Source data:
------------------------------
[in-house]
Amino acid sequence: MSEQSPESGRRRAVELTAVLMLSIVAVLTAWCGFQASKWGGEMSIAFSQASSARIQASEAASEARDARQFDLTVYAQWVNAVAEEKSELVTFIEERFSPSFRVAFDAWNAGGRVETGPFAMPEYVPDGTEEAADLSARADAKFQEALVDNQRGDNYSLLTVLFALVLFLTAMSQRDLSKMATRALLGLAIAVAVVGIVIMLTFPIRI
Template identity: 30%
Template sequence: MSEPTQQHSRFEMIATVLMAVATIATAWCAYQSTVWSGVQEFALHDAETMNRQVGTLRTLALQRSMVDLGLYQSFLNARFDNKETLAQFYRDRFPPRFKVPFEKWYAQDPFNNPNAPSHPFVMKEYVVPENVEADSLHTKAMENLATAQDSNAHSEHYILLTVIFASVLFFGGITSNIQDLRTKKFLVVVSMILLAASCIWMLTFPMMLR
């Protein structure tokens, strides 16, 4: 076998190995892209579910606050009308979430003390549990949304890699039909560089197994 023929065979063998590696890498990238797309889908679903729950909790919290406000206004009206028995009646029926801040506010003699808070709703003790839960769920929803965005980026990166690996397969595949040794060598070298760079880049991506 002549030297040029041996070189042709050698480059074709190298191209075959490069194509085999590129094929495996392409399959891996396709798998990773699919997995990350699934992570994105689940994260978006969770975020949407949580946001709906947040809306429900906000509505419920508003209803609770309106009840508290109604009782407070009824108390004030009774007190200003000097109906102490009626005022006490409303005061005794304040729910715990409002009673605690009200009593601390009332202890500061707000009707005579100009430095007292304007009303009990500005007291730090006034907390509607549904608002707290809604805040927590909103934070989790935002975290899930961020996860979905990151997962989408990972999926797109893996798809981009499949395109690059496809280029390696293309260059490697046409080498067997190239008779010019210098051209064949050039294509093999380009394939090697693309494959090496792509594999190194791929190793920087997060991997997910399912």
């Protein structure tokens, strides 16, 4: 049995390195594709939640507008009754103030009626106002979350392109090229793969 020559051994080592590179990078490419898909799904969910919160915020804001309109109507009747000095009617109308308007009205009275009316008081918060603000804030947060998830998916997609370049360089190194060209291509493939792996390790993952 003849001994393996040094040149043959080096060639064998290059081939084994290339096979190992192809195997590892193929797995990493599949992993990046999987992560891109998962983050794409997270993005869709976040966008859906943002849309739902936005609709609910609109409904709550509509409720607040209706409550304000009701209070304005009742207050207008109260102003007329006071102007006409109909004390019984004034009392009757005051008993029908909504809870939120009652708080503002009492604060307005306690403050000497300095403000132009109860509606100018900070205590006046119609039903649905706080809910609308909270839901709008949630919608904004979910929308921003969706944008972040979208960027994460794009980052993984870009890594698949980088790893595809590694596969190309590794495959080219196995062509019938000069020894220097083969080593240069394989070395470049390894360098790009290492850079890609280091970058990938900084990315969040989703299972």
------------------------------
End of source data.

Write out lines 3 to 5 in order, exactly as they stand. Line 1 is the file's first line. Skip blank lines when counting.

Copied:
Template identity: 30%
Template sequence: MSEPTQQHSRFEMIATVLMAVATIATAWCAYQSTVWSGVQEFALHDAETMNRQVGTLRTLALQRSMVDLGLYQSFLNARFDNKETLAQFYRDRFPPRFKVPFEKWYAQDPFNNPNAPSHPFVMKEYVVPENVEADSLHTKAMENLATAQDSNAHSEHYILLTVIFASVLFFGGITSNIQDLRTKKFLVVVSMILLAASCIWMLTFPMMLR
């Protein structure tokens, strides 16, 4: 076998190995892209579910606050009308979430003390549990949304890699039909560089197994 023929065979063998590696890498990238797309889908679903729950909790919290406000206004009206028995009646029926801040506010003699808070709703003790839960769920929803965005980026990166690996397969595949040794060598070298760079880049991506 002549030297040029041996070189042709050698480059074709190298191209075959490069194509085999590129094929495996392409399959891996396709798998990773699919997995990350699934992570994105689940994260978006969770975020949407949580946001709906947040809306429900906000509505419920508003209803609770309106009840508290109604009782407070009824108390004030009774007190200003000097109906102490009626005022006490409303005061005794304040729910715990409002009673605690009200009593601390009332202890500061707000009707005579100009430095007292304007009303009990500005007291730090006034907390509607549904608002707290809604805040927590909103934070989790935002975290899930961020996860979905990151997962989408990972999926797109893996798809981009499949395109690059496809280029390696293309260059490697046409080498067997190239008779010019210098051209064949050039294509093999380009394939090697693309494959090496792509594999190194791929190793920087997060991997997910399912």